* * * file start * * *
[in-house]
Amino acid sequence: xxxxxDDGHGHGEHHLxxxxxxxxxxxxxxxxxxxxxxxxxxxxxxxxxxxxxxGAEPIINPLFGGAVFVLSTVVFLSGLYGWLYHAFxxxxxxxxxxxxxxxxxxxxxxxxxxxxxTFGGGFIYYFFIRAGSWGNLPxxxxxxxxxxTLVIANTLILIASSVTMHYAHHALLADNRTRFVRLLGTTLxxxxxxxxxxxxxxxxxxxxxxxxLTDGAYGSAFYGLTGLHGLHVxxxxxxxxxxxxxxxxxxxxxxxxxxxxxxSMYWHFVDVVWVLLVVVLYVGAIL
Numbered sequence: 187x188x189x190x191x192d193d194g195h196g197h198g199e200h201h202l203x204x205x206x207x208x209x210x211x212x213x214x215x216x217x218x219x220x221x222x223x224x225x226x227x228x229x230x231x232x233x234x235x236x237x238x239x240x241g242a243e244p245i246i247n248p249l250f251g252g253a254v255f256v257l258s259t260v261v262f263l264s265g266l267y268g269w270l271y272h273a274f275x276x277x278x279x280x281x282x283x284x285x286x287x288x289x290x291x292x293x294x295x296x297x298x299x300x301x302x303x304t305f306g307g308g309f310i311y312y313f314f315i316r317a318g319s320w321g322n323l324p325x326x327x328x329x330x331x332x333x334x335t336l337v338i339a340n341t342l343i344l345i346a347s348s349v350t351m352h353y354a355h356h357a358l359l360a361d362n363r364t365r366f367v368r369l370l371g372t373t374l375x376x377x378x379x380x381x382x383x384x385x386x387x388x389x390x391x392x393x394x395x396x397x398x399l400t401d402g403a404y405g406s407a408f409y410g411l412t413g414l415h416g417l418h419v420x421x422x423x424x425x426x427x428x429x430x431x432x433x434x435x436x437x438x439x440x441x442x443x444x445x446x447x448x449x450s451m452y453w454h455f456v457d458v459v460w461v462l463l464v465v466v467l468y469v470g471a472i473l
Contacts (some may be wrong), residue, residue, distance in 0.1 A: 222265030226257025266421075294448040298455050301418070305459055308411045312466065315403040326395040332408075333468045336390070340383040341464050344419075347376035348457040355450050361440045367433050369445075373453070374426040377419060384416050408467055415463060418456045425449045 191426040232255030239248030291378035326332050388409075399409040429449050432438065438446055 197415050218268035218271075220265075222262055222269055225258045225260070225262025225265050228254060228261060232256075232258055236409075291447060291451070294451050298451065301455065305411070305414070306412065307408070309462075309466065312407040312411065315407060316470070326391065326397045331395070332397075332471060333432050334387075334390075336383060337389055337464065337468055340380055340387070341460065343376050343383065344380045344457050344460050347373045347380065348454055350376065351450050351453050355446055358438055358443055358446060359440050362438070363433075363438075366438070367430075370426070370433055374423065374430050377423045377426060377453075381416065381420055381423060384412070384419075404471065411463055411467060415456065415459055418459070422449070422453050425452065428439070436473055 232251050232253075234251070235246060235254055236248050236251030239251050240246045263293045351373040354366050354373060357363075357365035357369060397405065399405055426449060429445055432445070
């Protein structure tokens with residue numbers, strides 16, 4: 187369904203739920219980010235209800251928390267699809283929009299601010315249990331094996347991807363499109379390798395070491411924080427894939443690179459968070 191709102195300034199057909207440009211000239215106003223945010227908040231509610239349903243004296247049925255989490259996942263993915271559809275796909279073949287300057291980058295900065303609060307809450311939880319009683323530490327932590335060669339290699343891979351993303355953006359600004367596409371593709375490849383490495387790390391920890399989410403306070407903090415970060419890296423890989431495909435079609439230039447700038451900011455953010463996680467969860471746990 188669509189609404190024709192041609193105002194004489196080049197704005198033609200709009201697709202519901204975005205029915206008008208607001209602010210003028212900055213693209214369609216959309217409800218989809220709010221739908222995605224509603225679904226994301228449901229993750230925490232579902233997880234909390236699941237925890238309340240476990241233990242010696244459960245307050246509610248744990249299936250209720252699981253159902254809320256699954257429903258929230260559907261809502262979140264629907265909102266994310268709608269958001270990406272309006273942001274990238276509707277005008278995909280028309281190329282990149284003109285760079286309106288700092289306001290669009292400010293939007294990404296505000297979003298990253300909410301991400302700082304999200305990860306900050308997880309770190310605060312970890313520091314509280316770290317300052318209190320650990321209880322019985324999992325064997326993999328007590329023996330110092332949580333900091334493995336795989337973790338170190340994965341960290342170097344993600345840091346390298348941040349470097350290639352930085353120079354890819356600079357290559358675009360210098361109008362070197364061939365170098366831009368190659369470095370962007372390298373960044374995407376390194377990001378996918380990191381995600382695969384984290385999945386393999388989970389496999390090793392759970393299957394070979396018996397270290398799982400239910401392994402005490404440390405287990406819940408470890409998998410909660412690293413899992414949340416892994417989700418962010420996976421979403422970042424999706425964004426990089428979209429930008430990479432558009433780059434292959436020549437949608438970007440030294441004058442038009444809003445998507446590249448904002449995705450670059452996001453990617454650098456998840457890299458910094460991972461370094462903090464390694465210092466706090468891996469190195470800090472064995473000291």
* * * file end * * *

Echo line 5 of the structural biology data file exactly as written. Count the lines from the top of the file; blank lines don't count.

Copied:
């Protein structure tokens with residue numbers, strides 16, 4: 187369904203739920219980010235209800251928390267699809283929009299601010315249990331094996347991807363499109379390798395070491411924080427894939443690179459968070 191709102195300034199057909207440009211000239215106003223945010227908040231509610239349903243004296247049925255989490259996942263993915271559809275796909279073949287300057291980058295900065303609060307809450311939880319009683323530490327932590335060669339290699343891979351993303355953006359600004367596409371593709375490849383490495387790390391920890399989410403306070407903090415970060419890296423890989431495909435079609439230039447700038451900011455953010463996680467969860471746990 188669509189609404190024709192041609193105002194004489196080049197704005198033609200709009201697709202519901204975005205029915206008008208607001209602010210003028212900055213693209214369609216959309217409800218989809220709010221739908222995605224509603225679904226994301228449901229993750230925490232579902233997880234909390236699941237925890238309340240476990241233990242010696244459960245307050246509610248744990249299936250209720252699981253159902254809320256699954257429903258929230260559907261809502262979140264629907265909102266994310268709608269958001270990406272309006273942001274990238276509707277005008278995909280028309281190329282990149284003109285760079286309106288700092289306001290669009292400010293939007294990404296505000297979003298990253300909410301991400302700082304999200305990860306900050308997880309770190310605060312970890313520091314509280316770290317300052318209190320650990321209880322019985324999992325064997326993999328007590329023996330110092332949580333900091334493995336795989337973790338170190340994965341960290342170097344993600345840091346390298348941040349470097350290639352930085353120079354890819356600079357290559358675009360210098361109008362070197364061939365170098366831009368190659369470095370962007372390298373960044374995407376390194377990001378996918380990191381995600382695969384984290385999945386393999388989970389496999390090793392759970393299957394070979396018996397270290398799982400239910401392994402005490404440390405287990406819940408470890409998998410909660412690293413899992414949340416892994417989700418962010420996976421979403422970042424999706425964004426990089428979209429930008430990479432558009433780059434292959436020549437949608438970007440030294441004058442038009444809003445998507446590249448904002449995705450670059452996001453990617454650098456998840457890299458910094460991972461370094462903090464390694465210092466706090468891996469190195470800090472064995473000291």